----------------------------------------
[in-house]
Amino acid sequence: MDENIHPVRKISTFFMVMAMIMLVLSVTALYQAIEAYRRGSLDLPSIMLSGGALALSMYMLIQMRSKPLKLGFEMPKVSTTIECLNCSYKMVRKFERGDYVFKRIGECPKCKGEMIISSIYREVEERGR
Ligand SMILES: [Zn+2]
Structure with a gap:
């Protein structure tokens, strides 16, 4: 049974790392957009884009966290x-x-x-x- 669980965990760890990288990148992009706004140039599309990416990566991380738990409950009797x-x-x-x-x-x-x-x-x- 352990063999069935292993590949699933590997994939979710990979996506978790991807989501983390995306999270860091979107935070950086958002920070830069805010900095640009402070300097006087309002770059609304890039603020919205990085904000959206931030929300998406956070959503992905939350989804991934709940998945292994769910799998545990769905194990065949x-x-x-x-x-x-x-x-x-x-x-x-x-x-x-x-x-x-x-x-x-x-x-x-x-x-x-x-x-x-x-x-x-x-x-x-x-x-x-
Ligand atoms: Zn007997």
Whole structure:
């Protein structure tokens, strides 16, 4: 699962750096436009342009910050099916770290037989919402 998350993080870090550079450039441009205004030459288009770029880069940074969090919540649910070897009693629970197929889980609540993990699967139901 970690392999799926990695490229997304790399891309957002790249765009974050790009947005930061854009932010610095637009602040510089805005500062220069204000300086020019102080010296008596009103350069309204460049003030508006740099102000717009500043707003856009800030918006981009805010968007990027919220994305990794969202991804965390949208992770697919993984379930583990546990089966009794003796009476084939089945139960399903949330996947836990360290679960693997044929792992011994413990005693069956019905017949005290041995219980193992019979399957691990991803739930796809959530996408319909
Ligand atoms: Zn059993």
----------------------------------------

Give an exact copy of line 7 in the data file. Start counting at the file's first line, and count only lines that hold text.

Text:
Whole structure: